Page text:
No book list would be complete without a work by Charles Dickens. One of the greatest wordsmiths that ever lived, Dickens has continued to be wildly popular for his clever sense of humor, pinpoint characterizations, and morally explorative plotlines. Great Expectations is no exception, bustling with memorable characters such as the orphan Pip, the stunning Estella, and the deeply disturbing Miss Havisham. The spinster lives sequestered within her ramshackle mansion surrounded by a decaying garden, desperately clinging to a wedding day that never happened. The image of her aged form haunting her own home in her decrepit wedding dress and fawning over her rotting wedding cake is Dickens at his creepiest.
8. Anything by Austen
Another author that must be included on every book list is Jane Austen. Her most popular book, and arguably her best, is Pride and Prejudice. Even though it was published in 1813, Austen’s wry sarcasm, arch tone, and strong female characters make it just as appropriate to modern times as it was in its own era. One could possibly blame Austen for Hollywood’s creation of the romantic comedy. Certainly, many films today employ her formula involving two lovers starting off on the wrong foot, suffering through a series of misunderstandings and mishaps, but eventually discovering their true love for each other.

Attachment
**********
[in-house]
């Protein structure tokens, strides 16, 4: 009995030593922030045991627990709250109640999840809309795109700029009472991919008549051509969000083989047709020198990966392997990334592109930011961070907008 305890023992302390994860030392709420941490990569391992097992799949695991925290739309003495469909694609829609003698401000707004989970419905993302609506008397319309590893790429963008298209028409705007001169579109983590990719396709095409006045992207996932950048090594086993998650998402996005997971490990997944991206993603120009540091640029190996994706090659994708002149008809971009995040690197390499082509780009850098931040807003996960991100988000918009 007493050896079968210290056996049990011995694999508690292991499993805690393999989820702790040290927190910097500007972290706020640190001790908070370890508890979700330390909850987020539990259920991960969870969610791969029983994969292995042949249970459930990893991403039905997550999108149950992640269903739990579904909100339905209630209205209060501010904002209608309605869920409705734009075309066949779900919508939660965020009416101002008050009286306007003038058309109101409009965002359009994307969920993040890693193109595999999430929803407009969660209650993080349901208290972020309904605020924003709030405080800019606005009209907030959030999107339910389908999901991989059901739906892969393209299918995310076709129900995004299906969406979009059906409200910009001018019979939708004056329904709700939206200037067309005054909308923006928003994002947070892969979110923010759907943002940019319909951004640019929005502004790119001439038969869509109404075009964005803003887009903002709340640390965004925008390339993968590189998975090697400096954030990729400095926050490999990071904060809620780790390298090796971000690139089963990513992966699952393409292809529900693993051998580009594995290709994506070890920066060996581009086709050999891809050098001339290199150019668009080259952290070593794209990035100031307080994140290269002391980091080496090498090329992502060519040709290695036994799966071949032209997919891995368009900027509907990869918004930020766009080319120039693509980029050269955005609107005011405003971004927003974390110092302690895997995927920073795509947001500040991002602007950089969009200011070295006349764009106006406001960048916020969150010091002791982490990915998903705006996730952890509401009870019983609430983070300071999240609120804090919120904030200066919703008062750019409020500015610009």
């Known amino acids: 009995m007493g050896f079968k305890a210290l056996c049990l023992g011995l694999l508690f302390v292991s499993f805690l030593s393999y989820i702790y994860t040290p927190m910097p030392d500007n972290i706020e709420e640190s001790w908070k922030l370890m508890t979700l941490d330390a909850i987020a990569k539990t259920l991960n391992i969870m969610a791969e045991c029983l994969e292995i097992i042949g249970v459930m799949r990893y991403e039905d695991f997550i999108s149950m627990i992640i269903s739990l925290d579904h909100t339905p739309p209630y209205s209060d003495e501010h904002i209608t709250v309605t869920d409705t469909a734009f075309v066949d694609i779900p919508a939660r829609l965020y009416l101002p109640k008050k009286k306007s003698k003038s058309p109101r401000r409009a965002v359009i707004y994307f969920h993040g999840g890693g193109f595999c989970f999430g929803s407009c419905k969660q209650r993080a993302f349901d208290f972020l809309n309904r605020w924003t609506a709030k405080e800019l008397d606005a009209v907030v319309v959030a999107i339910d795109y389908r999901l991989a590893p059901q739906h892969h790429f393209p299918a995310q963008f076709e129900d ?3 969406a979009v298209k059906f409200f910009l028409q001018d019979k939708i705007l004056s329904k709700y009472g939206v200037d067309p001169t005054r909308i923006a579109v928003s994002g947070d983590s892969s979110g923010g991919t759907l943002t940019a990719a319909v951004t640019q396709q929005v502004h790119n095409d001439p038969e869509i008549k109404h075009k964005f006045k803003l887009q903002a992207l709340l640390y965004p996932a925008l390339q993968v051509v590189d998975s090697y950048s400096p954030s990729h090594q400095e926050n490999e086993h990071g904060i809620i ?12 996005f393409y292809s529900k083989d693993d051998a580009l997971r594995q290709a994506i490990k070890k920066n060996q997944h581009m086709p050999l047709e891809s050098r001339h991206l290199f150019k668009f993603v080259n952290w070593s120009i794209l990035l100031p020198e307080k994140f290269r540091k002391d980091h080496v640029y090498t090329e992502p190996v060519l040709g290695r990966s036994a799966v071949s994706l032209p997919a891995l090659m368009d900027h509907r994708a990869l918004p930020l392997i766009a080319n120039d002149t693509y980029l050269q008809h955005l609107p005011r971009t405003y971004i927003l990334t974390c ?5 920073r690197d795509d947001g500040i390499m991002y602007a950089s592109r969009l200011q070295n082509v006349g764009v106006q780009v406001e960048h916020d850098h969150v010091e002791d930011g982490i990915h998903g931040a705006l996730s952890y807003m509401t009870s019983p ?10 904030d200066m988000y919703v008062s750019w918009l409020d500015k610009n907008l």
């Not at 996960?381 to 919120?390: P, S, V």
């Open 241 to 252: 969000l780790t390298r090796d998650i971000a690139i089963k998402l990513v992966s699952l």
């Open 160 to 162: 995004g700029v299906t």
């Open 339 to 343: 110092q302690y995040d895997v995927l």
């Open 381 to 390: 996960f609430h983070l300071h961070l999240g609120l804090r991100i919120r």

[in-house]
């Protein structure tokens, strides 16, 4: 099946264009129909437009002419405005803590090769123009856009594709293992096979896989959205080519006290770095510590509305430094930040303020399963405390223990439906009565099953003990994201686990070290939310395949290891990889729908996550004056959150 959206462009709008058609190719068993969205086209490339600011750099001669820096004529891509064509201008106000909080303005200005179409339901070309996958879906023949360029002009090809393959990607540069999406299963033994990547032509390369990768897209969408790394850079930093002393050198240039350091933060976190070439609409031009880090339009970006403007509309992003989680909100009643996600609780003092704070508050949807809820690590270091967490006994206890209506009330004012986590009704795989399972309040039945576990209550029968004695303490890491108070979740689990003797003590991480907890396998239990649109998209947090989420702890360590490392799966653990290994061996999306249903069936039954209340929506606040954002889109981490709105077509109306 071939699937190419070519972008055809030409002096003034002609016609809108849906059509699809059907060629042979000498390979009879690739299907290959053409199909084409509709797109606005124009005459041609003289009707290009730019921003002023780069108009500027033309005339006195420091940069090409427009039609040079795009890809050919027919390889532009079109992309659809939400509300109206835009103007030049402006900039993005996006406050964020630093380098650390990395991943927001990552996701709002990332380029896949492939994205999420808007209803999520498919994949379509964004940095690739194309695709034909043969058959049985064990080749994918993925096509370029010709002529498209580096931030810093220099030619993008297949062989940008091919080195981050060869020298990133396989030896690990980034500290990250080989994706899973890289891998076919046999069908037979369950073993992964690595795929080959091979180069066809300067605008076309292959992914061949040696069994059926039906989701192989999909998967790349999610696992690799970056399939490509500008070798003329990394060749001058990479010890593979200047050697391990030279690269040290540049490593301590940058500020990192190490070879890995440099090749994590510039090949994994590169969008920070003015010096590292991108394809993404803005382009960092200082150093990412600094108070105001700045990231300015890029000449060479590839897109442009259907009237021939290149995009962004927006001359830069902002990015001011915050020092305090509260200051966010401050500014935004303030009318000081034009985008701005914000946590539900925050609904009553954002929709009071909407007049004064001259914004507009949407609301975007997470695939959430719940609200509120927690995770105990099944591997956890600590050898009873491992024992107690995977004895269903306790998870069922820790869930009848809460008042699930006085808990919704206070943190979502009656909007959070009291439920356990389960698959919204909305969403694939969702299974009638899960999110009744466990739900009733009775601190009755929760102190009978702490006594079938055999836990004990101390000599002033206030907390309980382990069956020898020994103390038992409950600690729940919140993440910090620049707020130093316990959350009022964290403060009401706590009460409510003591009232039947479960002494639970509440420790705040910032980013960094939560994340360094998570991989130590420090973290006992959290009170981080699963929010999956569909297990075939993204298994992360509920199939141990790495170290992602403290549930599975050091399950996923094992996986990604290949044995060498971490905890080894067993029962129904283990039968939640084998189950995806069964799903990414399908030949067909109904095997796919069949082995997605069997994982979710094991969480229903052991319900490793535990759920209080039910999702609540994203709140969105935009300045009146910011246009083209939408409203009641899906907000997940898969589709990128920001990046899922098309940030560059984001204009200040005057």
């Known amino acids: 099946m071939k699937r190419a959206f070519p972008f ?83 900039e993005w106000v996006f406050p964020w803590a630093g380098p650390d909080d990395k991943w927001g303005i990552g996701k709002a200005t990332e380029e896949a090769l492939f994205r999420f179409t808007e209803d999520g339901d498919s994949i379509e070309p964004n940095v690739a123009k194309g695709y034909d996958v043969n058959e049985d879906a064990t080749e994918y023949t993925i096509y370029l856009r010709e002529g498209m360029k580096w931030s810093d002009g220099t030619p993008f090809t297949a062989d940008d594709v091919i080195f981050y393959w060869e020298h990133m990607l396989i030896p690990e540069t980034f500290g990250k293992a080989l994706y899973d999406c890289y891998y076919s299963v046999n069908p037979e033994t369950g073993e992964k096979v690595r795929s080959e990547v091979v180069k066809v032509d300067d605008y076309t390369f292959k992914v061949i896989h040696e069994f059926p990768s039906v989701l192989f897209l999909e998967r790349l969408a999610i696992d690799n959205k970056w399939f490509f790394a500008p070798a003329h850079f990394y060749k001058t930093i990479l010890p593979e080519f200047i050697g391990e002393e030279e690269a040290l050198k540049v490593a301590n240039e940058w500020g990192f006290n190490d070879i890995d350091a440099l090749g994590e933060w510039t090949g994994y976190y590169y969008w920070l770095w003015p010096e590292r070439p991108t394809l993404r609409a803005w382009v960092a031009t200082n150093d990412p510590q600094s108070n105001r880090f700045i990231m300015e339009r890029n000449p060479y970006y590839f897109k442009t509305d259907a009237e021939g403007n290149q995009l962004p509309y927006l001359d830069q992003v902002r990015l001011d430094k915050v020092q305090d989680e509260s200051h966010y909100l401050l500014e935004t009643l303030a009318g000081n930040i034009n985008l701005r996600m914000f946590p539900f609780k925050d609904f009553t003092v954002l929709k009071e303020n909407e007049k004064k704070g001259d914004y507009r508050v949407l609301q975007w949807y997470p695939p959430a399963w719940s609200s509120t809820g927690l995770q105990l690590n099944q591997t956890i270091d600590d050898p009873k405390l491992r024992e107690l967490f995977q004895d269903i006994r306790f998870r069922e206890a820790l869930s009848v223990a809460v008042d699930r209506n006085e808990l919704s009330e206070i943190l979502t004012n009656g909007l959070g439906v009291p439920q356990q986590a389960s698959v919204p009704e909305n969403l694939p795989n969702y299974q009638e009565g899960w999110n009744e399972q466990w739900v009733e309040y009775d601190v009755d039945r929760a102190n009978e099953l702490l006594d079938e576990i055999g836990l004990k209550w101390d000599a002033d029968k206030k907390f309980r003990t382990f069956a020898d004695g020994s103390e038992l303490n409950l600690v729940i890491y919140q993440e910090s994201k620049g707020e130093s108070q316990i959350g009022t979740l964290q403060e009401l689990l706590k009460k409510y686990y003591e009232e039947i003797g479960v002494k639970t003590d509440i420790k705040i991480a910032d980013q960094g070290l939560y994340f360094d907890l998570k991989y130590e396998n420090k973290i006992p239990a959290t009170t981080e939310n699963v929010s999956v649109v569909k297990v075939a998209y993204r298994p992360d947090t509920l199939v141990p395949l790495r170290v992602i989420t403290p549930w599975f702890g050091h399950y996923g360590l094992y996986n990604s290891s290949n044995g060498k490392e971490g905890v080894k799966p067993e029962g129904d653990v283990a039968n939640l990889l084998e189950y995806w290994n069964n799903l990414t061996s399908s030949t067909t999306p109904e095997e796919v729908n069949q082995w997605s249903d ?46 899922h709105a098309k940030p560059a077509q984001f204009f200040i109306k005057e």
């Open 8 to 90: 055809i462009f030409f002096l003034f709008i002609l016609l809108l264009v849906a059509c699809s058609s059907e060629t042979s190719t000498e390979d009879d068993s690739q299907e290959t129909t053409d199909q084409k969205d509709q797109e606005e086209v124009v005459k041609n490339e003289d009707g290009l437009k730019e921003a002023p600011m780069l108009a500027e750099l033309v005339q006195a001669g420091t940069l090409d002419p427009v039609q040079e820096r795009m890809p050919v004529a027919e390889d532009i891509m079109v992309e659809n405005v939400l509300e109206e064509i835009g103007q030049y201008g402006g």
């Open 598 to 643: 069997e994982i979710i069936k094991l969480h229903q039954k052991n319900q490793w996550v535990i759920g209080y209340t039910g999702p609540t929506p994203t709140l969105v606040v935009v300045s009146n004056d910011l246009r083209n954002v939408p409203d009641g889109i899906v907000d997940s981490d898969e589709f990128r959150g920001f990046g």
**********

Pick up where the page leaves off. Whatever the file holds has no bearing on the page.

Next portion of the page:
7. The Great American Novel